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Woodward's: Car Troubles & Other Mishaps

Mt. Wilson Trail today.
Woodward working in his 1936 Packard Phaeton Touring Car from Beecher's Pasture
May 29, 1922, North Adams Transcript - Hit and Run Accident
May 29, 1922, North Adams Transcript
Hit and Run Accident

May 29, 1922: The Hit and Run

In his life, Woodward had more than his share of tragic events. Most notably his serious injury from a gun accident in 1906  which left him paralyzed from just below the chest down. Then there are his three studio fires. All three equally tragic in their loss if not for different reasons.  Redgate's fire (1922)left his career and work in ruins for years. The Hiram Woodward home and studio fire (1934) destroyed his idyllic preservation of the quintessential New England homestead he put great effort and resources to restore to its original grandeur and last but by no means least his sacred refuge, the Heath Pasture studio fire (1950). So imagine our surprise to learn he had been involved in numerous car accidents, none more harrowing than the hit and run accident on May 29, 1922.


We have always had a photo of this wrecked buggy in our collection of personal items saved by Woodward over his lifetime. It was not until recently that we learned what caused so much damage. An article from the North Adams Transcript reports that a motorist tried to pass between a truck and Woodward's horse-drawn carriage, "Owing to the space being insufficient to pass the carriage was struck by the front wheels of the car with great force throwing the occupants from the seat, demolishing the wheels, shafts, and body and breaking the harness in several places."

In the carriage with Woodward is Julia White who we believe is a cousin and the sister of Flora. She is thrown clear of the carriage but Woodward, we are sure is still gripping the reins trying to maintain control, is dragged "some distance." Fortunately, the article reports that he escaped serious injury and includes "or death." There is no mention of the horse which we believe is most likely  Thomas ŕ Kempis.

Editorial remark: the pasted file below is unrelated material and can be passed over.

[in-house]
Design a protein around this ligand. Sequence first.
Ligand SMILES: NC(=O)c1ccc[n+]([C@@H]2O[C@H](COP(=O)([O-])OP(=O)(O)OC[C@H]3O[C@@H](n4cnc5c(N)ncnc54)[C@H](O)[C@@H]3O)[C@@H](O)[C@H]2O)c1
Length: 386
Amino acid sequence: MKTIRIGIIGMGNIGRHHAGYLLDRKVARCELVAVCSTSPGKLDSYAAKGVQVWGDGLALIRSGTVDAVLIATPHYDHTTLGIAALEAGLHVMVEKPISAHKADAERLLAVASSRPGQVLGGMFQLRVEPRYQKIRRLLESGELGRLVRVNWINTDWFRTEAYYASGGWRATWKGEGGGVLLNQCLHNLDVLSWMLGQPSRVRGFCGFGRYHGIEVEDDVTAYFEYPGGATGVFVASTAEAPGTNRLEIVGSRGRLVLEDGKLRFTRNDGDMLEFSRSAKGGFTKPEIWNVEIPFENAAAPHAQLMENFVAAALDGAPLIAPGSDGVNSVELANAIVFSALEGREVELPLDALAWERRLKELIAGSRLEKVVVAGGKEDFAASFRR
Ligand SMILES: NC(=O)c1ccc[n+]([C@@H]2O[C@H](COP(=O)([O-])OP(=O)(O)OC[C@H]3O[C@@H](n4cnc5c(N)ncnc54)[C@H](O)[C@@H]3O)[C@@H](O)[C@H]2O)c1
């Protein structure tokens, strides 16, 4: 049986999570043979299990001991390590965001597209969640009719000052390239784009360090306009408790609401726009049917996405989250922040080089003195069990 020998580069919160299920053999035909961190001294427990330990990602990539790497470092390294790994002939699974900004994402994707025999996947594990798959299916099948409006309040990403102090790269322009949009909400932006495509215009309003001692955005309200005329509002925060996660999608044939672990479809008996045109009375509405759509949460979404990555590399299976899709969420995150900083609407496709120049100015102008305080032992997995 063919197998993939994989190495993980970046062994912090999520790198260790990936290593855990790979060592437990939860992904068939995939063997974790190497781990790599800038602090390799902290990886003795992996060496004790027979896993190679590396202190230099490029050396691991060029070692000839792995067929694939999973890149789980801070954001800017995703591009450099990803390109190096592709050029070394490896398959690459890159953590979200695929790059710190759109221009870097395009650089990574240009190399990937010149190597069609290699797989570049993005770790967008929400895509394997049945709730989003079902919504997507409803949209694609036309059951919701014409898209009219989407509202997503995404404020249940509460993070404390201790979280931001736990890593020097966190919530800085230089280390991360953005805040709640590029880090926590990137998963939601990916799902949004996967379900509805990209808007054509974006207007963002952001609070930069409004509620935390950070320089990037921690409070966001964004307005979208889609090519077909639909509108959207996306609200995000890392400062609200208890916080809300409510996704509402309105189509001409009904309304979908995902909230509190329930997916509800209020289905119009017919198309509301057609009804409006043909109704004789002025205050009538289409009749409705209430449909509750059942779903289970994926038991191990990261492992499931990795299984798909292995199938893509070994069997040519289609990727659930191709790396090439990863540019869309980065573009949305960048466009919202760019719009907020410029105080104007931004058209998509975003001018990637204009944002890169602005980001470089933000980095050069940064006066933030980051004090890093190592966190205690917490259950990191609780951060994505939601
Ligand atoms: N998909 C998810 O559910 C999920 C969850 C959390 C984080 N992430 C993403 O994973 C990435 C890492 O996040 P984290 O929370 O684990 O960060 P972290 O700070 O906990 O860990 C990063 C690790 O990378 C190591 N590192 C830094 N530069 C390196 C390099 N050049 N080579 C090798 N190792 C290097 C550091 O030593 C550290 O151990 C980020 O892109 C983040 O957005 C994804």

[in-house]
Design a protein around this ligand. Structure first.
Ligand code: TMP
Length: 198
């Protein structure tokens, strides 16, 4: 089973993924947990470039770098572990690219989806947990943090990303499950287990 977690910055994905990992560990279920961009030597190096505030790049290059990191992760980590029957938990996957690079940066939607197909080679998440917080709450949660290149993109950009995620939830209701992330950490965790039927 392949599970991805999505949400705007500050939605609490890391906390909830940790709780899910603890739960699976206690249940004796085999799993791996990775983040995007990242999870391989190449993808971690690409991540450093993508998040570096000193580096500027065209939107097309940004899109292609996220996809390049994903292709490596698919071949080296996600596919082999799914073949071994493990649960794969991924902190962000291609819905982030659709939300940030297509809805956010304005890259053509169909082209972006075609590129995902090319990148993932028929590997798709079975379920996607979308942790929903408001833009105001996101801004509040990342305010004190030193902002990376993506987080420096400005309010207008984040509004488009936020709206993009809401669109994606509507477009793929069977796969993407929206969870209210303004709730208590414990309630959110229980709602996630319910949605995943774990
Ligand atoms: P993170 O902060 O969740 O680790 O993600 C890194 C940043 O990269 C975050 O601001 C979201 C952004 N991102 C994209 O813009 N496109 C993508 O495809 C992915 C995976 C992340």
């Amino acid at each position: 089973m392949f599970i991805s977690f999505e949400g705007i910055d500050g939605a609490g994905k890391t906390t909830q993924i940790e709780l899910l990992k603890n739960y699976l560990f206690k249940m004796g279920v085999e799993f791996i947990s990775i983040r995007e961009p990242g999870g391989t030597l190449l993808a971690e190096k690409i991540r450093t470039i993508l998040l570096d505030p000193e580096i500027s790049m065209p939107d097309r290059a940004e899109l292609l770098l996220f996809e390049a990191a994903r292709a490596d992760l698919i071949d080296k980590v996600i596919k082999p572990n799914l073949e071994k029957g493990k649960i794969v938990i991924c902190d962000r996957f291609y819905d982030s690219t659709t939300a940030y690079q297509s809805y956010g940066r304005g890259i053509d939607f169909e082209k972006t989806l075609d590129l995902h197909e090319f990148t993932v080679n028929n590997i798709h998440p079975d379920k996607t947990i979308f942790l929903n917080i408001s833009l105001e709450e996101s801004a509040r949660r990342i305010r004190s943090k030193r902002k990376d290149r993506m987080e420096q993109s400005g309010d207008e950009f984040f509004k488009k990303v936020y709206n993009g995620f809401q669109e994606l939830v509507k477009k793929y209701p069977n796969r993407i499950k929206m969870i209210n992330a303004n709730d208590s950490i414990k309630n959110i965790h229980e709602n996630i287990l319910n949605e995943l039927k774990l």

####
A photo of the wrecked buggy from RSW's personal
items. Note the rear right wheel appears to be missing
We wonder if when the car struck the left rear wheel
the torque of the impact ripped it from its mount.

Trying to imagine the scene, we can make a safe bet that when the car struck the rear wheel of the carriage Thomas ŕ Kempis must have been quite startled. He may have taken off in a run which of course would keep the car alongside the carriage long enough to possibly be struck again. Maybe the carriage, now missing a rear right wheel, swerved out of control and struck the car once more as it weaved past. What is harder to imagine is what happened to Woodward. Given the report stating the harness was broken in several places, as he pulled from his seat in the carriage by Thomas ŕ Kempis and then dragged on the road as he held to the reins in an attempt to stop or slow the horse? Or does dragged mean he remained in the carriage with a bare thread-thin strap still clinging to the horse as he runs to safety? It is hard to say and so we won't.

You can see the damage to the buggy in the image to the right. There are only three wheels visible and only one wheel still fastened to its axil. The carriage itself appears mainly in tack, though the canopy appears bent or twisted somehow. We highlighted the road for you because it is hard to make out in the black and white photo.







August 15, 1922, North Adams Transcript - RSW witnesses a horror